This thesis sought to narrow some of the knowledge gaps in political communication and advertising. By examining the content of local newspapers about U.S. Senate candidates, this research determined female candidates receive just as much, if not more, newspaper coverage than male candidates. There were few endorsements given to candidates, especially from national and state office holders. Additionally, this thesis found that many of the newspaper articles were focused on non-issues. Previous studies on women in politics suggested female candidates often face more media hurdles than their male counterparts, specifically receiving less print media coverage. In contrast, this thesis found that women may no longer face the same barriers as they once did.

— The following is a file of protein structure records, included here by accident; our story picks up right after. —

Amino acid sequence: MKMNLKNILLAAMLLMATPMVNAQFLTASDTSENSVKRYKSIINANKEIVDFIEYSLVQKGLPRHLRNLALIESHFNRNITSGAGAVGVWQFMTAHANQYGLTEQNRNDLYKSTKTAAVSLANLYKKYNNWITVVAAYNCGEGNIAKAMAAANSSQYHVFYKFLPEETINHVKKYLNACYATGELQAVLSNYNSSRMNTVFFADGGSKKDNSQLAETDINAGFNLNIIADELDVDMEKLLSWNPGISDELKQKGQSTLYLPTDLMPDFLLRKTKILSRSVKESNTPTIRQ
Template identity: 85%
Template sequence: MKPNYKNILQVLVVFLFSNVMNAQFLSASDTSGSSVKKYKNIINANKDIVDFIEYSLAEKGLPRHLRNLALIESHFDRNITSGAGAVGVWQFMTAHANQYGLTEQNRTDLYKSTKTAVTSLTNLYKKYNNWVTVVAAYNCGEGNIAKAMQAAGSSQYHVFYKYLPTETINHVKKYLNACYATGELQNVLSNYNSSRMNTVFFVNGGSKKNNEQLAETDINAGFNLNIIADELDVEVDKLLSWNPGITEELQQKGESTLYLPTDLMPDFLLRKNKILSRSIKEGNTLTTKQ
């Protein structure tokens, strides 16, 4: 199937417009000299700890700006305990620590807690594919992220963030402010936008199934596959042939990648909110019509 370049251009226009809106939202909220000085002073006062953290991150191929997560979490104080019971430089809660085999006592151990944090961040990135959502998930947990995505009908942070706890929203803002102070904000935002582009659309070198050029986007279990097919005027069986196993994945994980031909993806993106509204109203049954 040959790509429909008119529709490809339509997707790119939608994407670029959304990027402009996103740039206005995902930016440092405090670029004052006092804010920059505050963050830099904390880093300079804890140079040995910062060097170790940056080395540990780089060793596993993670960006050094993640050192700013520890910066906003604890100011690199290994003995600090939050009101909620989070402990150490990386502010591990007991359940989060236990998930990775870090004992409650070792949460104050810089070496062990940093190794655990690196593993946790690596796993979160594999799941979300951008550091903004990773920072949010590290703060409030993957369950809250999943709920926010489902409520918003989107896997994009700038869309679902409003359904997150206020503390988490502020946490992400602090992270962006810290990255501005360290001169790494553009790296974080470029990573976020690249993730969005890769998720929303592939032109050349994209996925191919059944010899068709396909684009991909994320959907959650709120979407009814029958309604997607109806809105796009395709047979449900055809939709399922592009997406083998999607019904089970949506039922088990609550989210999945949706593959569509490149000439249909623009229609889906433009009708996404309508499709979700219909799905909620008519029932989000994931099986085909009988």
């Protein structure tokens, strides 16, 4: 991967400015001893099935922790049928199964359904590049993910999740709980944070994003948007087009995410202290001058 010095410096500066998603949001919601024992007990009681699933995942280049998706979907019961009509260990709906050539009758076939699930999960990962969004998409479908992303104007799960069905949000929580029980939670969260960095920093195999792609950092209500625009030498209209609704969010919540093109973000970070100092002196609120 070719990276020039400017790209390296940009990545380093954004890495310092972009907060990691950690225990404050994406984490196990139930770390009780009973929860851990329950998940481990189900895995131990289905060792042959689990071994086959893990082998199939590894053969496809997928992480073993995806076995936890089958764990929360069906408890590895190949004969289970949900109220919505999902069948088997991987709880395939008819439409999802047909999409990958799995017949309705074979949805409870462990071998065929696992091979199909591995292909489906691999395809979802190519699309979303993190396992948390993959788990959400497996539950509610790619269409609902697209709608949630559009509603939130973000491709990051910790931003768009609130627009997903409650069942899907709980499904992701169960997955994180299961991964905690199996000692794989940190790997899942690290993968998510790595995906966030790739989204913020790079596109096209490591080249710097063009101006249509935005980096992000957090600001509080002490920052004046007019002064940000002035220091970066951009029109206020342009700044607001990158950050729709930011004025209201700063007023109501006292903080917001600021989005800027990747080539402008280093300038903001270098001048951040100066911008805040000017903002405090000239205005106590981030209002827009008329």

|Advisor:||Dinu, Lucian F.|
|Commitee:||Carroll, Dedria G., Maher, Thomas M.|
|School:||University of Louisiana at Lafayette|
|School Location:||United States -- Louisiana|
|Source:||MAI 56/01M(E), Masters Abstracts International|
|Subjects:||Womens studies, Communication, Political science, Public policy|
|Keywords:||Advertising, Campaigns, Gender stereotyping, Politics, Public relations|
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